Curious and Curiouser

Even in art circles in Seattle, Yukiko Shirahara isn't a household name. Powerful chief curators and curators of living artists—those are the big names. But Shirahara holds a vaunted, if well-hidden, position at Seattle Art Museum. She's the curator of Asian art, and SAM is a mecca for Asian-art aficionados nationwide. Japan Envisions the West: 16th–19th Century Japanese Art from Kobe City Museum, the dizzying new show at SAM, is her brilliant debut performance in a leading role.

"I just look at the people's curiosity," she said, referring to what she sees, in a scroll painting, on the faces of Japanese villagers as they watch the era-defining arrival of Commodore Matthew Perry's fleet in the 1850s. She may as well be talking about the animating force of the show, and the curiosity that drives all great scholars.

Shirahara has been working on this show since she arrived in Seattle in January 2002 from Japan (where she earned an art history PhD and picked up impresario skills organizing shows of European fashion). She was born in an apartment in Yokohama, in the very neighborhood—once the foreign quarter—that's disguised as the friendly Port of California in a propagandistic ukiyo-e print by Gountei Sadahide in Japan Envisions the West.

Inside the museum, Shirahara has a reputation for getting things done even when they're not in the budget. She drew on her contacts in Asia to help fund the conservation of five masterpieces. Most of the objects in Japan Envisions the West are from the Kobe City Museum, but a few are from SAM's collection. One is a multipaneled screen of a parade under gold clouds and mist. Nobody had noticed that some of the 17th-century Japanese revelers are dressed in European costume—until Shirahara found them.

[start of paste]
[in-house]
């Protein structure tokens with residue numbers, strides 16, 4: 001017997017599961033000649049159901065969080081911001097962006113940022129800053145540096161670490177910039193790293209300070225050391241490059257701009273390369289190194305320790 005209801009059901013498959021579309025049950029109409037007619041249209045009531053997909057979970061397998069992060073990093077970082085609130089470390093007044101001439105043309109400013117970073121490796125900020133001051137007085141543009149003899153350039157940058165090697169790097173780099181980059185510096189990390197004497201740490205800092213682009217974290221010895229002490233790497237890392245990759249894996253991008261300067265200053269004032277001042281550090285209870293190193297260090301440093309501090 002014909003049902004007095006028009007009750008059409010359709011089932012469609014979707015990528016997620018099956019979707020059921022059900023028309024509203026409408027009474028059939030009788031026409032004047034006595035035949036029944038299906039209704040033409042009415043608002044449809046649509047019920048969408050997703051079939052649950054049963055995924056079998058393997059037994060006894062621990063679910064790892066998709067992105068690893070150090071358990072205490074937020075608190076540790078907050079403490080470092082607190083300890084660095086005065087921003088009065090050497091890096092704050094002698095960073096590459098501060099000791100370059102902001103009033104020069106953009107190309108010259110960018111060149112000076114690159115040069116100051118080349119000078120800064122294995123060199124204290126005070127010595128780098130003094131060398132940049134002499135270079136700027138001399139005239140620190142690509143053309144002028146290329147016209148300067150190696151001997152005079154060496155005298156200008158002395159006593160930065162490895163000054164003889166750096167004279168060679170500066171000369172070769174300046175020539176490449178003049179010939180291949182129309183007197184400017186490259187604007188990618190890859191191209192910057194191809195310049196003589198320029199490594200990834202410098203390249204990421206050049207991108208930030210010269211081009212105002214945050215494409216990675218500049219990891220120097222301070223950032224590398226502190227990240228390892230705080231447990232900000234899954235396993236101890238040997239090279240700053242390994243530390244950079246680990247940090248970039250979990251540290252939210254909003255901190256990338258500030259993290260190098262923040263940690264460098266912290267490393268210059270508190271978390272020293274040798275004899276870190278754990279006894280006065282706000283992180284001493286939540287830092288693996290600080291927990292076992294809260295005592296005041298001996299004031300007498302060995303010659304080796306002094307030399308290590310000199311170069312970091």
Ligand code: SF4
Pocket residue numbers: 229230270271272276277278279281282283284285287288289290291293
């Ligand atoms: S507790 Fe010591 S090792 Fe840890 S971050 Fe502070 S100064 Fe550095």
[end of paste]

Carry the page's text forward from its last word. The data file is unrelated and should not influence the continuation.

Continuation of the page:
This One Is Not Like the Others

Another of SAM's galleries, the one endowed in the name of late artists Jacob Lawrence and Gwendolyn Knight Lawrence, is the only space in the museum devoted strictly to African-American art and artists—and the only gallery that has been curated by the education rather than the curatorial department. What gives? Mimi Gates, SAM director, e-mailed that the gallery is a "cross-divisional effort." Hmm. The gallery also comes with endowed funds (given by Knight Lawrence) for residencies for African-American artists, critics, or art historians. There haven't been any residencies yet, but it should be obvious that the first ones should go to artists. Gates was mum on what's to come. recommended